A very distinct ethnic people, the Zo Mingphuin originated from a Tibeto-Burman group and remain familiar with all other Chin groups, despite developing their own unique written language, unintelligible to the other groups. For many years though, no written language existed for Zo Mingphuin, which made it difficult to obtain historical records of its people. However, the ancient stories and traditional songs passed down from as early as 1300 reveal valuable details such as locations and time periods that tell the history of this people group. Although its people have called themselves Zo Mingphuin from their early days, others have come to refer to them by the name "Zotung" since the time of the British rule of Myanmar. The year 1931 marks the first use of the Roman alphabet to record the written language of the Zotung, and public schools teach Zotung today. The Zotung people number around 40,000, with 75% professing Christianity, although only an estimated 42% claim to be evangelical. Bibles International has printed both a primer and a first storybook in Zotung.
BI completed its work with the Zotung on their New Testament translation in 2012. At the New Testament's dedication on July 29, all the copies from the first printing quickly found their way into the hands of the enthusiastic believers. Happy with their new translation, but not content with only the New Testament, the Zotung made it known that they desired a complete Bible in their language. The Zotung translator San Boi stated, "We understand that the New Testament alone is not complete. We realized that we must have both the New Testament and Old Testament in the Zotung language."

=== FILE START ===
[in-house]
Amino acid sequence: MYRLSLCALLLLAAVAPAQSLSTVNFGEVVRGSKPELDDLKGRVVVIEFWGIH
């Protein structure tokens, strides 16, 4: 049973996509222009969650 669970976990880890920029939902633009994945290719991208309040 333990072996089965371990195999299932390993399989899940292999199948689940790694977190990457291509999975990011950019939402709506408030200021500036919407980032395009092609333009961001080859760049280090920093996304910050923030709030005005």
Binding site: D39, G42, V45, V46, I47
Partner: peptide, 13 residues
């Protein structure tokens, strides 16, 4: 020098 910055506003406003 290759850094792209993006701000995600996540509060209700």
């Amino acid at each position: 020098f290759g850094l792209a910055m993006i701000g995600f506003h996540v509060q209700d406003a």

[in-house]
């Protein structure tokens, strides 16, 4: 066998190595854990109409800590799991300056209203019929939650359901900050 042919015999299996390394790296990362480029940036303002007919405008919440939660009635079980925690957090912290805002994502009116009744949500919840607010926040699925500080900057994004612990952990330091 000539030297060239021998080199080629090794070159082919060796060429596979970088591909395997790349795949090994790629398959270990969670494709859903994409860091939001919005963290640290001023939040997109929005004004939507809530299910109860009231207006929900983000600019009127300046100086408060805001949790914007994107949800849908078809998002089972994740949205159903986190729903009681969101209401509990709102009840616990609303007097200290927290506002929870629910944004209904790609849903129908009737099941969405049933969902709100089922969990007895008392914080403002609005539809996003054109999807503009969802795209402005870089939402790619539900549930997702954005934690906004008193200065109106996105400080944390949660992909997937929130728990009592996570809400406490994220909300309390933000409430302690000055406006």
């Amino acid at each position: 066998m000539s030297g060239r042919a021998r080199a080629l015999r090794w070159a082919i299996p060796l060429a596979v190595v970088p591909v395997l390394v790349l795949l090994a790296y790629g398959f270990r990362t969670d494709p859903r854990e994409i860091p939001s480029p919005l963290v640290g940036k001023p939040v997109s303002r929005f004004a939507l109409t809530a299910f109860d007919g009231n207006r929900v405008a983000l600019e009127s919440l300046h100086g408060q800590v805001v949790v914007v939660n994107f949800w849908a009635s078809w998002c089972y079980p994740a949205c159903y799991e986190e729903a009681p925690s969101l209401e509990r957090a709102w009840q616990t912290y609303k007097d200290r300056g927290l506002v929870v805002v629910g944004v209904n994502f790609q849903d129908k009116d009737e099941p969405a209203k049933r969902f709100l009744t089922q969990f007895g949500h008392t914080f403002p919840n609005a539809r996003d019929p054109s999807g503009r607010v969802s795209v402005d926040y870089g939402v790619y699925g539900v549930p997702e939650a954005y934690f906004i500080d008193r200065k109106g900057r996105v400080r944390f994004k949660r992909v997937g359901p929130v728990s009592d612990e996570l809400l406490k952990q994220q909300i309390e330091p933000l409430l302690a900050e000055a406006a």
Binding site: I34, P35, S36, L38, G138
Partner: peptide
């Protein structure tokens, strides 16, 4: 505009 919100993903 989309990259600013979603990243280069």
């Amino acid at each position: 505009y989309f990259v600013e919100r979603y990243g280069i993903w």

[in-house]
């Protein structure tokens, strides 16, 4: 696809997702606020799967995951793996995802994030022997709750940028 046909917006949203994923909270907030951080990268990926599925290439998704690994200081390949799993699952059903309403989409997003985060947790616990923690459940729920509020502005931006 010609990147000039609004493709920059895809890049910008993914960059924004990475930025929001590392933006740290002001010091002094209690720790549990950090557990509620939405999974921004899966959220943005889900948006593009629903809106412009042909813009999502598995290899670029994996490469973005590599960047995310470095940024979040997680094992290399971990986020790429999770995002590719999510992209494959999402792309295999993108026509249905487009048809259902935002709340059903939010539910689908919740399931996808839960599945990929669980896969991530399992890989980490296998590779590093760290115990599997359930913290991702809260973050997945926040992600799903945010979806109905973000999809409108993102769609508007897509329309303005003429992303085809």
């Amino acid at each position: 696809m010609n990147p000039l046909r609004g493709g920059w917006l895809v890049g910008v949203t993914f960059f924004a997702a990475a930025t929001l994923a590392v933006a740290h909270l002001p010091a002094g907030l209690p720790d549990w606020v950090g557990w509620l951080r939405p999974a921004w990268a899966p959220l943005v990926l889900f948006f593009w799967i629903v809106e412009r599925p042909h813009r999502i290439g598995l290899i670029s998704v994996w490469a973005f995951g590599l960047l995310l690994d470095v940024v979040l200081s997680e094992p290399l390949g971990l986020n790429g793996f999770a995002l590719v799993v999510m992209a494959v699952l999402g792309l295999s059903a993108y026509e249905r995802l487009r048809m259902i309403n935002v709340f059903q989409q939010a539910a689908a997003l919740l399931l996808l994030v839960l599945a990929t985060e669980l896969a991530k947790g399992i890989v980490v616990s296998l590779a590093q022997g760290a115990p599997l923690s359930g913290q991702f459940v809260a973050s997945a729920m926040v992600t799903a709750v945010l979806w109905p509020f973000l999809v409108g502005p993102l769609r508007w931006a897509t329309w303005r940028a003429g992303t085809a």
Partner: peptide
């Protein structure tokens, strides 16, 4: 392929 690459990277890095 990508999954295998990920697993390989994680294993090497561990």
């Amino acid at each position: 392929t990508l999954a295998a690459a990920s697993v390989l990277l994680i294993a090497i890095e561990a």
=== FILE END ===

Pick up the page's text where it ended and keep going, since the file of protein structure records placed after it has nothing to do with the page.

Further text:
Although another organization had produced a complete Bible in their language in 2016, the conservative Zotung churches found the translation unreliable and raised this concern in a request for a better translation. The Zotung Bible Translation Committee sent a letter in 2015 requesting that Bibles International Myanmar Society adopt their Old Testament translation project. In their January 2017 recommendation letter that BI adopt the project, BIMS wrote, "It is found that the Zotung Bible translation committee and the translators have a great burden for their people to have a trustworthy Bible." With their evaluation of the current translation confirmed by BI, a new concern arose that the Zotung believers might not continue to use the BI-produced Zotung New Testament due to the difficulty of carrying the complete Bible in another language or another translation of the Old Testament in addition to the Zotung New Testament.
After considering the strong arguments for the completion of the Old Testament in Zotung, BI adopted the project in January 2018. San Boi remains the chief translator, along with Tua Ting Lian as the assistant translator. In contrast to the New Testament project, where non-Zotung speakers made up the local administration, the Old Testament project boasts an entirely Zotung local administration.
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